By Mikael Krummel

What does it take to dress a Duck? To select just the right font for the football uniforms, or to pick just the right shade of green and yellow to instill shock and awe in the hearts and minds of the players’ opponents.

During the 1998 gridiron season, Nike chief executive Phil Knight set down a personal objective for his alma mater, an objective that many say marked the start of the national ascension of Duck athletics that Oregon is still enjoying today.

“Phil Knight approached us,” recalls former Nike Team Sports (NTS) designer and UO alumnus Rick Bakas, “about updating the University of Oregon branding. His vision at the time was to raise Oregon’s status as a national title contender by attracting better players, better coaches, and growing the Oregon fan base.”

NTS was directed by Todd Van Horne, the man who ultimately commanded the head-on charge into the modern era of flamboyant style and technological innovation in sports apparel design. Van Horne is often credited as the creative and inspirational force behind the emergence of Duck football as the national trendsetter in team sports attire.

The Oregon Ducks take on the Stanford Cardinal at Stanford Stadium in Stanford, California on November 14, 2015 (Eric Evans Photography)

There was also another leader in the Nike campaign to bring credibility to Oregon football through aggressive branding via innovative athletic fashion: architect and former UO high jumper Tinker Hatfield. Hatfield designed the original Air Max running shoe, and, like Knight, Van Horne, and Bakas, he helped spearhead the initial efforts to rebrand UO to attract new students and student athletes.

“Nike pays me to be a vision person and a provocateur,” says Hatfield. “We wanted to be out there, to be purposely controversial. What’s a more visible way to turn up the heat and create personality than through football uniforms? So many millions see them on TV, that uniforms become your biggest branding tool.”

And so the NTS design team—aka Nike’s “Innovation Kitchen”—seized upon several key notions to elevate UO athletics via fashion.

They pulled ideas and research from new technologies around the Asian rim. They found, for example, an interest in things that looked sleek and moved fast—like Japan’s bullet trains. The trains were light and moved through space effortlessly—an ideal metaphor for future Oregon skill players.

They also dove into metaphysics, exploring meanings behind natural elements such as lightning, the changing iridescence of a mallard’s head, and the circular, flowing patterns observed in nature.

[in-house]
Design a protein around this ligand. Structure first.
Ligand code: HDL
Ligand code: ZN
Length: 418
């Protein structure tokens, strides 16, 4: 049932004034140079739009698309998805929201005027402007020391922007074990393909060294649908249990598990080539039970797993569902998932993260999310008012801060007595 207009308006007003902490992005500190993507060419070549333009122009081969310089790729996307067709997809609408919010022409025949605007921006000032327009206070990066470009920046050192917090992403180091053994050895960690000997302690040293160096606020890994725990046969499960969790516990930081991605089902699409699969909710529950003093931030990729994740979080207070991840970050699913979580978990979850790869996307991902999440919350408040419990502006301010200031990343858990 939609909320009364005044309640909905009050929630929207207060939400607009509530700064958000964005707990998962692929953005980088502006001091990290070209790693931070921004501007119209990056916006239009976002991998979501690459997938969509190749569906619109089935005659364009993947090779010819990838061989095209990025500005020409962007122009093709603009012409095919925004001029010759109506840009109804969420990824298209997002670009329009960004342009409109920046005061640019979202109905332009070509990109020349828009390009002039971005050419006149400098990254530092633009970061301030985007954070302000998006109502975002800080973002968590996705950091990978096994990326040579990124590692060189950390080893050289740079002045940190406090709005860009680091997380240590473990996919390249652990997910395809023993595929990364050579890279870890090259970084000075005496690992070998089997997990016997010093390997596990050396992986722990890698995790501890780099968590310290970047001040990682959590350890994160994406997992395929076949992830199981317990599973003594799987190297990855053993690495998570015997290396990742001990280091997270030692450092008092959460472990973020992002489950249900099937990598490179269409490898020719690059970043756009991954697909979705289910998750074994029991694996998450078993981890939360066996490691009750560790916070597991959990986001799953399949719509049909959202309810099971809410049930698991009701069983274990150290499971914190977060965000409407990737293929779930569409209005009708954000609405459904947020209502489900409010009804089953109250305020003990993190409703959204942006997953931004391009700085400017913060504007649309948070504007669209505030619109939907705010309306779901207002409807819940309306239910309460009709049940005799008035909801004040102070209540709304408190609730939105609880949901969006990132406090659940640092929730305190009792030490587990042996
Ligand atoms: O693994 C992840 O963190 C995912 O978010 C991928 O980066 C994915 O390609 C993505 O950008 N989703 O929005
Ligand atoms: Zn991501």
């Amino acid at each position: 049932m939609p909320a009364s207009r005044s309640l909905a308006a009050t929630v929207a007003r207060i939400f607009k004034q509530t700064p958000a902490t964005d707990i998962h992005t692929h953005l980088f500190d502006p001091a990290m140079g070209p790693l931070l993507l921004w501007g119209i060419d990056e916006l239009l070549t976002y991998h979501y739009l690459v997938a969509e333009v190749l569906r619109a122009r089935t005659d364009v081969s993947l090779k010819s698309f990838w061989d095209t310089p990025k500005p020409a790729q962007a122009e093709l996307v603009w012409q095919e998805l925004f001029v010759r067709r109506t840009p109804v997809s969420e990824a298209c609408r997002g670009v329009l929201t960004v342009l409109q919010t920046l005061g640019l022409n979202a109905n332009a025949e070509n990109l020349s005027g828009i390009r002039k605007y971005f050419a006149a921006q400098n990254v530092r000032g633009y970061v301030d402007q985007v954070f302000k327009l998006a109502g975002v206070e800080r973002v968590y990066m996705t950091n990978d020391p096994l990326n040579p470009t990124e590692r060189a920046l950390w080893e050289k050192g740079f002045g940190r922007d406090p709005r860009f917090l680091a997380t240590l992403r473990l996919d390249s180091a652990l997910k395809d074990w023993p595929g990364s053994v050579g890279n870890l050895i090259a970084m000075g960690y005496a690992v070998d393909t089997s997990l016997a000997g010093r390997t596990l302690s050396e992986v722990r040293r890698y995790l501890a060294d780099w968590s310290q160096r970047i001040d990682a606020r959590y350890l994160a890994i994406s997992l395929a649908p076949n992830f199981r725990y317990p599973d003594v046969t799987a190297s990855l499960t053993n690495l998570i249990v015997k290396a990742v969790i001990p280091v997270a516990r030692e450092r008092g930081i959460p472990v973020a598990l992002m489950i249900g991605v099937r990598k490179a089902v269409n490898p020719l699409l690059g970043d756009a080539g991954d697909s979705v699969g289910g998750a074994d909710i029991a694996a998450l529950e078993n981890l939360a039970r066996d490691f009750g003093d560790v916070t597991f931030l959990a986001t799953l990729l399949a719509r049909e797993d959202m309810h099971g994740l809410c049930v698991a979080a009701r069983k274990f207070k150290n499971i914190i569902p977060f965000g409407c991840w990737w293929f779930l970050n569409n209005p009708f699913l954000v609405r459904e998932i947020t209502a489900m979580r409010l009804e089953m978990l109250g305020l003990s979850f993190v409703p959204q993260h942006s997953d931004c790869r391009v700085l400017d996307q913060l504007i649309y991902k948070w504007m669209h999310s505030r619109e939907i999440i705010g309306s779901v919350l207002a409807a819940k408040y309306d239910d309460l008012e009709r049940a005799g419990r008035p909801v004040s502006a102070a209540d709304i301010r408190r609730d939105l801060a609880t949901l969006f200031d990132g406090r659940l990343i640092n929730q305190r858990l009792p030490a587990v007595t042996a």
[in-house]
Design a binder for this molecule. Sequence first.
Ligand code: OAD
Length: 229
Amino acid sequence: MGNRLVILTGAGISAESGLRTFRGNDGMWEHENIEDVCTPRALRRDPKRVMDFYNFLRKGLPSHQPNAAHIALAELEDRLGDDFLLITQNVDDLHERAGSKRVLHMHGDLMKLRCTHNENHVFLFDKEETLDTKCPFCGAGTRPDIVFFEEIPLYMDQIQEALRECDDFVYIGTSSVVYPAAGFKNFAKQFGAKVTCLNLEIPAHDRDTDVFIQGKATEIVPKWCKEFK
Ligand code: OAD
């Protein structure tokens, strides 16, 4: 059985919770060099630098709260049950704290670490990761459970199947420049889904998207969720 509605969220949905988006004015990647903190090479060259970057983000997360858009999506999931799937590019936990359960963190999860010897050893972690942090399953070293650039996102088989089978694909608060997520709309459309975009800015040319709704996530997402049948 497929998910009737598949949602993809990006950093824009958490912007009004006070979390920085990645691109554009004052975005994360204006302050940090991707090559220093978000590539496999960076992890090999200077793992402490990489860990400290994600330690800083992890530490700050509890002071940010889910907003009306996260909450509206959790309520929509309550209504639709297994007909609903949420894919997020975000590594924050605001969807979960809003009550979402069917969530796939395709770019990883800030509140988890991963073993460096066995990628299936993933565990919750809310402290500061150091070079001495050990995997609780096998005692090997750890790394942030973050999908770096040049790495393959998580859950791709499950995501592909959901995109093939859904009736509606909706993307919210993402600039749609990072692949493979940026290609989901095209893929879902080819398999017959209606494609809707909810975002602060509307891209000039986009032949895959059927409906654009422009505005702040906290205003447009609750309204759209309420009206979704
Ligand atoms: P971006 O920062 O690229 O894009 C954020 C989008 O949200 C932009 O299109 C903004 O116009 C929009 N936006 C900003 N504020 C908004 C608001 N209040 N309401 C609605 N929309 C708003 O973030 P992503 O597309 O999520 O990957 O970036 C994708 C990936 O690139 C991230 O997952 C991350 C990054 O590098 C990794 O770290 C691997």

And then there was Nike’s quest to mirror the kind of determination, competitive spirit, and irreverence exemplified by Steve Prefontaine, Hayward Field track events, and Bill Bowerman’s coaching style. The challenge for the design team, says Bakas, was “how to put all those elements into a blender.”

The first obvious shot of the Oregon rebranding revolution was fired in late 1998, two days before Mike Bellotti’s Ducks appeared in the Aloha Bowl versus Colorado. Postseason Duck uniforms featured a new dark green and bright yellow combo with a new “O” logo replacing the aged, interlocking “UO.” These were topped off by a big stunner—the introduction of a helmet showcasing a green sheen that subtly changed tones in different light, much like a mallard head.

Since then, what has the revolution wrought?

Two decades ago, Duck equipment managers needed only to concern themselves with a single style for each of the uniform components: shoes, socks, pants, jersey, and helmet. Last season the Ducks showcased 15 totally different uniforms, one for each game.

The Ducks have introduced nearly 100 different uniforms since the early millennium. If anybody were ever moved to mix and match the various uniform pieces available to players over that same period, apparently it would provide the Ducks with a wholly unique uniform every game they play through 4000 A.D.

However, the numbers hardly speak to the full impact of the Duck uniform frenzy. It’s become de rigueur for Duck fans nationwide to obsess over uniform colors and styles every time Team Quack hits the field. A whole vernacular has sprung up to describe memorable Duck uniforms: The Electric Jersey Acid Test, Storm Trooper Whites, Combat Duck, Lights Out, Mustard & Relish, Diamond Boyz, Wingin’ It, Blaze & Lightening. . . .

Bold often translates as big. But small uniform details also capture fan attention, such as feather motifs, embroidery, gloves, and logotypes. Take the 2015 Pioneers uniform, featuring a sublimated tonal pattern of the Oregon Trail. Each uniform was unique, showcasing a different section of the maps used by explorers Lewis and Clark. The inside neck of the jersey contained the embroidered slogan, “Salute the State.” A silhouette of the Oregon Duck pointing west was displayed on the socks. The back of the helmet included an image of the 33-star flag from the year Oregon secured statehood.

But let’s not forget the elements of the Nike Team Sports mission that transcend mere style. The modern Duck uniform era has also put a premium on performance technology and player safety. Those objectives have prompted multiple phases in the evolution of Duck uniforms—as Nike’s Van Horne puts it, “We change our uniforms whenever we have innovation.”